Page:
Super-Earth Discovered In 'Goldilocks Zone' Has Right Conditions For Alien Life

A team of scientists have discovered a new "super-Earth," which they claim has the conditions to harbor alien life, ABC reports. The "super-Earth," named LHS1140b, was said to be temperate and rocky, and orbits a red dwarf star 40 light-years away from Earth. The red dwarf star it orbits, Efe, is part of the constellation of Cetus, the Whale.

The study's lead author and astronomer, Jason Dittmann from Harvard-Smithsonian Centre for Astrophysics, said that LHS1140b is the most interesting exoplanet he has seen in the last decade. With the help of the MEarth-South telescope network, which is primarily aimed at studying exo-planets, they were able to measure the exo-planet's mass, size, density, and orbital period. The planet was said to be 1.4 times the size and seven times the mass of Earth.

The study, which was reported on the Nature journal, found that LHS1140b is within the habitable zone, which means that liquid can exist in all three states-- liquid, solid, and gas).

"It orbits a quiet star, and orbits at a distance that might mean that there's liquid water on the planet," Dr. Dittmann said.

Measurements suggest that LHS 1140b is about five billion years old, which makes it 500 million years older than the Earth.

The team of scientists also believe that this super-Earth has retained most of its atmosphere.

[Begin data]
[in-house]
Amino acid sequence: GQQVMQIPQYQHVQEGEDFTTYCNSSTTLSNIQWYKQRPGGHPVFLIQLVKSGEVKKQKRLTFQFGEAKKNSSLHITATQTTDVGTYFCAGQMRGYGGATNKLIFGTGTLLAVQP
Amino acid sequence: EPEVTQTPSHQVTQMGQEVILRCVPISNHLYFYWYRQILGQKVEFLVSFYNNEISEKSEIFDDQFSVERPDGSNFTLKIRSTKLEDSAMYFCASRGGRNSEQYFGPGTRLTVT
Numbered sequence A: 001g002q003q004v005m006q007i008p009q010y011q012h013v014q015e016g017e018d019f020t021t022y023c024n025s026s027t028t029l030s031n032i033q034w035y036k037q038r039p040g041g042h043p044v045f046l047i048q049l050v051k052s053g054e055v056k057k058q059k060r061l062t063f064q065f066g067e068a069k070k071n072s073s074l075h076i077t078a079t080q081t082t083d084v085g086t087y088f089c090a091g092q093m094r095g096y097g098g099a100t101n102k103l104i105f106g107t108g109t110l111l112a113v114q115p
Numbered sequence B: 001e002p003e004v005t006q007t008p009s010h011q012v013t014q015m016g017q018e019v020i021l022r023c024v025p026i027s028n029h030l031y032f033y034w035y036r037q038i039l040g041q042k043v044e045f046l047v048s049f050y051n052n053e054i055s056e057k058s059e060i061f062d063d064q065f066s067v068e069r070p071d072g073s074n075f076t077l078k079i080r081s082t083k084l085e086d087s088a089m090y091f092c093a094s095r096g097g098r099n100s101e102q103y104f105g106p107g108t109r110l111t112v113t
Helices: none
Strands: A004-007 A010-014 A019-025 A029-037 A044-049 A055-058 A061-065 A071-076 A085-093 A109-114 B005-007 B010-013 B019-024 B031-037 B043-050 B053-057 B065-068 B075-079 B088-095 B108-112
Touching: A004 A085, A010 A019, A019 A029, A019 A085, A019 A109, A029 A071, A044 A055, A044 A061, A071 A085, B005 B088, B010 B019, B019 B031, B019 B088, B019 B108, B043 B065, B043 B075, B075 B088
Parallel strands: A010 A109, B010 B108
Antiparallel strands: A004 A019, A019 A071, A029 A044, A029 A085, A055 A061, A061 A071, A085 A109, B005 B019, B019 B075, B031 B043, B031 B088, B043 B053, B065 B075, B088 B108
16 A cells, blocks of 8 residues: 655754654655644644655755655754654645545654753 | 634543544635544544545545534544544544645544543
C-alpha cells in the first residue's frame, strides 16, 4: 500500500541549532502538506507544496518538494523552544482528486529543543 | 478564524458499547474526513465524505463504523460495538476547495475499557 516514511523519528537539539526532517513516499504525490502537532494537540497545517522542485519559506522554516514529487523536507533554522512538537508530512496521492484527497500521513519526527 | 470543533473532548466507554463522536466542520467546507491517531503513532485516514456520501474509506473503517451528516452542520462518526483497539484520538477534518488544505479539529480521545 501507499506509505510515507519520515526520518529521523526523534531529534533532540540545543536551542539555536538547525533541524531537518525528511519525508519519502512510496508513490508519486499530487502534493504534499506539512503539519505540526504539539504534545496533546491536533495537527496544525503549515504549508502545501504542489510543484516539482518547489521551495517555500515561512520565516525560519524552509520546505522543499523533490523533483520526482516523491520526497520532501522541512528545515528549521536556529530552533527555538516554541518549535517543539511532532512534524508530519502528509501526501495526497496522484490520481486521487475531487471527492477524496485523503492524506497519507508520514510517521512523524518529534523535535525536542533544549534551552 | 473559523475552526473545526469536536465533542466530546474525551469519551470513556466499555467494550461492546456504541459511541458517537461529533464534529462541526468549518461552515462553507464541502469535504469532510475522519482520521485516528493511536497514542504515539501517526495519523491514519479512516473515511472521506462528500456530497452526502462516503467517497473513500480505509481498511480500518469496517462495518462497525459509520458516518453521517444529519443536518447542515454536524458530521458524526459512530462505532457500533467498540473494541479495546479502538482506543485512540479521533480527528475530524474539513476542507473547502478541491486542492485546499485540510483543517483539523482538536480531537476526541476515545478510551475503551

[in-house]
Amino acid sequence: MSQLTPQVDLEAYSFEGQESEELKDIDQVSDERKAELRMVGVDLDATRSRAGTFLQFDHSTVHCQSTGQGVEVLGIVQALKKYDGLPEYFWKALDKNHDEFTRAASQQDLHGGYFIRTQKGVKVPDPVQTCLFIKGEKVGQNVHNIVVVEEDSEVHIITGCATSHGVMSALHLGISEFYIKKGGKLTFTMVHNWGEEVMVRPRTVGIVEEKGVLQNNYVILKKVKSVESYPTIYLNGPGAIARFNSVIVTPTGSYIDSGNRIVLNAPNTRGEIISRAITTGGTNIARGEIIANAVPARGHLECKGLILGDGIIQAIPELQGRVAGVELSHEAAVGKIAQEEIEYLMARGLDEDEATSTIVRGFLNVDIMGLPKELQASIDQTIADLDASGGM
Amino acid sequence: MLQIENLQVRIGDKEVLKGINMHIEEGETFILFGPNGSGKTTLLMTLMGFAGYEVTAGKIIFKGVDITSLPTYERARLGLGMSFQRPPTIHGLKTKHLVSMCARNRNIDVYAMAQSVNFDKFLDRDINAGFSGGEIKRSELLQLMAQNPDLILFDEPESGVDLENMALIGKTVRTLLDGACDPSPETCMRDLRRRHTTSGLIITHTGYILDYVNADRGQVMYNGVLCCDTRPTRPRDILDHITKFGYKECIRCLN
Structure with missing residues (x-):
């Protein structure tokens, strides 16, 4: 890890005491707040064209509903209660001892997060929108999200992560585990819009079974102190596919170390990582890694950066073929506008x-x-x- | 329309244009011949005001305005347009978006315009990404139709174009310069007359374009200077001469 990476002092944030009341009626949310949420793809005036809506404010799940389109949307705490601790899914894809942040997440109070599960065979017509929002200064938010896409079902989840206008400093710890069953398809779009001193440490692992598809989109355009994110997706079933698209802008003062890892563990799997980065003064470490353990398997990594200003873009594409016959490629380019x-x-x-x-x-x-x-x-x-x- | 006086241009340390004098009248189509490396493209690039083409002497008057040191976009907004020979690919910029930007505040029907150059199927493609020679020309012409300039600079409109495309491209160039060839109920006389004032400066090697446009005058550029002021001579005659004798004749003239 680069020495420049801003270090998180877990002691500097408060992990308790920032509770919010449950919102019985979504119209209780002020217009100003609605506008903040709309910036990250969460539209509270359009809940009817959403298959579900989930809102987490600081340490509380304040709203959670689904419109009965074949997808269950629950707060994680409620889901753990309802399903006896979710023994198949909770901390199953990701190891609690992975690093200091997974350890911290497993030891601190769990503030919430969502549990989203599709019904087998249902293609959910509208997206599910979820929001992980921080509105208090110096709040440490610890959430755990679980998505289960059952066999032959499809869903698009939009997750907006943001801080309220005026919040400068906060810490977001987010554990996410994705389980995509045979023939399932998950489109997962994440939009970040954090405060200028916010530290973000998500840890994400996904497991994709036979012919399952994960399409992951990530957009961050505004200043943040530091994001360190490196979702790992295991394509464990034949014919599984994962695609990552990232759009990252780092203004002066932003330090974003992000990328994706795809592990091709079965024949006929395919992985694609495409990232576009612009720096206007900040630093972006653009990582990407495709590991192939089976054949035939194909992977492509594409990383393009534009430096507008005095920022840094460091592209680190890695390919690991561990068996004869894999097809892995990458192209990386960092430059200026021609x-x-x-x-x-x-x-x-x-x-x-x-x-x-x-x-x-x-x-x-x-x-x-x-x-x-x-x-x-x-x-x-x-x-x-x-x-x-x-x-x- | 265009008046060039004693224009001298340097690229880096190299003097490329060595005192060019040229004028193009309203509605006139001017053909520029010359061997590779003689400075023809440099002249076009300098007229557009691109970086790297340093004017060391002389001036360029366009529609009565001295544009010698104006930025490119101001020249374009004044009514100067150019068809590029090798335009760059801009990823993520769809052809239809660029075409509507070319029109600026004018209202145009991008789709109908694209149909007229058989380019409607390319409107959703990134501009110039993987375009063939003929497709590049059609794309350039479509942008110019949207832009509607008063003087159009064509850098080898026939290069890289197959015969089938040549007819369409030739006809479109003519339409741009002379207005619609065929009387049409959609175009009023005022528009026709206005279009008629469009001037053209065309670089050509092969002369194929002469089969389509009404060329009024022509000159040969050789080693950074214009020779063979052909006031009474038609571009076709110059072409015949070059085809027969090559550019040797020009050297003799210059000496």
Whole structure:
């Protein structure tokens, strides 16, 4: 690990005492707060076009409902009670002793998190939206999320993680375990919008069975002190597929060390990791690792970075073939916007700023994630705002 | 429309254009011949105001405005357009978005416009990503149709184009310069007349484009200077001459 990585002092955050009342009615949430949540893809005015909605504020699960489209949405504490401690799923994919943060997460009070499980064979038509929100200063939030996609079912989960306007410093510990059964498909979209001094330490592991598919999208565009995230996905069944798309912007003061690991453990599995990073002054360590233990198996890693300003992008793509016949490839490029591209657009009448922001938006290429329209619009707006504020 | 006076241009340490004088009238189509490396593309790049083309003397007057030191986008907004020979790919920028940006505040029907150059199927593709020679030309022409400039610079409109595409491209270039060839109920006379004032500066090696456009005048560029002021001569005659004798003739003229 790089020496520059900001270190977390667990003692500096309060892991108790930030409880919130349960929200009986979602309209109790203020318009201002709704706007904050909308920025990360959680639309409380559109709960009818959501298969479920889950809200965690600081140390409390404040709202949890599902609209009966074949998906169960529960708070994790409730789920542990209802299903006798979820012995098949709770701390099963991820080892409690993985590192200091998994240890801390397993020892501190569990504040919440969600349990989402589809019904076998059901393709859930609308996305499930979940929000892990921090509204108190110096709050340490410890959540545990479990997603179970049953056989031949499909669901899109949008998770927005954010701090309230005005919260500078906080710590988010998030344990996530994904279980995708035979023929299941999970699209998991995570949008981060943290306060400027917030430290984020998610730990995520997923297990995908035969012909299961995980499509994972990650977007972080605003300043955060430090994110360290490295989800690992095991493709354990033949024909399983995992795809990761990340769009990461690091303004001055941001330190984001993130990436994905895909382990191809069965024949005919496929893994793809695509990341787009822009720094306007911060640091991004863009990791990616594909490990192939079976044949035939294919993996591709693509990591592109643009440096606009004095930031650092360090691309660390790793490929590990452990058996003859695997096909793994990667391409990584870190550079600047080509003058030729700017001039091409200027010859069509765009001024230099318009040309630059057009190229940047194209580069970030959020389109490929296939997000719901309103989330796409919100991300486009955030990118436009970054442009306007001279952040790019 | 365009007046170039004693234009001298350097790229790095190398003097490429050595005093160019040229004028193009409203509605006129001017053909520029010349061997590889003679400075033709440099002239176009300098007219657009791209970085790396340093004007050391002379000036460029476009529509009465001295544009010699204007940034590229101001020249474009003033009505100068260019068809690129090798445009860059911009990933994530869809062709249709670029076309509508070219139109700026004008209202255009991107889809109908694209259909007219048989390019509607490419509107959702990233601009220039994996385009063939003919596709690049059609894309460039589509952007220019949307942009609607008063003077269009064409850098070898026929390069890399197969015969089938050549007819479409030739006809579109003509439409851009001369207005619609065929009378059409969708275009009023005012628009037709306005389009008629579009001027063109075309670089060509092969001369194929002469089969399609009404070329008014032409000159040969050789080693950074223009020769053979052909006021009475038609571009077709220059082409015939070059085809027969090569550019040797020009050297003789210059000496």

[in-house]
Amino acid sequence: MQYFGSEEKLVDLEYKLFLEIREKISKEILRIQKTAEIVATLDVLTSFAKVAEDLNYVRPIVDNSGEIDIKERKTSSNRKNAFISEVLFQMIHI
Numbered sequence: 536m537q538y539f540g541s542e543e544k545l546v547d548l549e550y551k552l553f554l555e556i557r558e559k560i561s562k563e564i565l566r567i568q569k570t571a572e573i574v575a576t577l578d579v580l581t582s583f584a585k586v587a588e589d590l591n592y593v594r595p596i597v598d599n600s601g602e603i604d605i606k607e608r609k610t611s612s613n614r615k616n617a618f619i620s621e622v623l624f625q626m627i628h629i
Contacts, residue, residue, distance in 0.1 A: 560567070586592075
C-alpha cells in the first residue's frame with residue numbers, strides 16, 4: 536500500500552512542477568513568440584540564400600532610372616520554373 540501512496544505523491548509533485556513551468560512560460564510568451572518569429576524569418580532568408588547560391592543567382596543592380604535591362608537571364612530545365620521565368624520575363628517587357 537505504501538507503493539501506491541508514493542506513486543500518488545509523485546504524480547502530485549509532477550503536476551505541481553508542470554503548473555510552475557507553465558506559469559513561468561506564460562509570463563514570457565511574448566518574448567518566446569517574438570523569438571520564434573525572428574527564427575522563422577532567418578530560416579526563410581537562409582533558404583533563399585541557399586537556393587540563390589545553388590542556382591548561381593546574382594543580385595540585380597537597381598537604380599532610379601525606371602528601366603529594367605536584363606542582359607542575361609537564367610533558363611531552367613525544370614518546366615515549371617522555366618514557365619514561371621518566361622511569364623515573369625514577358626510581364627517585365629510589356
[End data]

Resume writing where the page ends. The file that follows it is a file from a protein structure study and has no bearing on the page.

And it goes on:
Better yet, scientists can learn more about this super-Earth quicker because of its close proximity to Earth compared to other exo-planets.

"This star is only 40 light-years away, which is incredibly close," Dr. Dittmann said.

"If we shrank the entire galaxy to the size of the United States, the distance between the Earth and this planet would be smaller than Central Park. So this planet is really Earth's next-door neighbour."
Dr. Dittman added that they can observe the super-Earth's atmosphere over the next decade and determine if its atmosphere is relatively similar to Earth's.

LHS1140b was discovered during a survey by the Chile-based MEarth-south telescope array. The team was able to detect variations in light as the exo-planet passed in front of its red dwarf star.

Dr. Dittman said that detecting the planet is just the beginning and that they still have a lot to do to determine if the plant does have life.

"We have been approved to use the Hubble Space Telescope to begin the first steps in probing this planet's atmosphere and to see what's there. There is also further work to done to know for sure whether the star is as inactive at high energies as believed."

"Astronomers will also be awaiting the launch of the James Webb Space Telescope next year, which is tipped to revolutionise research into exoplanets."

"It will be able to find water, ozone, methane, and even carbon dioxide in this planet's atmosphere. So the future is very exciting indeed."

"We could hardly hope for a better target to perform one of the biggest quests in science - searching for evidence of life beyond Earth," added Dr. Dittman.

On February 22, other scientists announced they discovered seven planets that are similar to Earth in terms of mass and size. The planets are said to be near an "ultra cool" red dwarf called Trappist-1, which is 39 light years away from Earth.

While all seven planets are potential candidates for harboring water, three of them are most likely to have it since they are within the "Goldilocks Zone."

The "Goldilocks Zone" is another term used for the habitable zone around a star where the temperate is just about right to allow liquid to exist on a planet.

Xavier Bonfils from the Observatory of the Sciences of the Universe in France said LHS 1140b now joins Trappist-1 as planets most likely to have life.

"We are very excited by this discovery. It's a super opportunity," he said.

[Featured Image by NASA/Getty Images]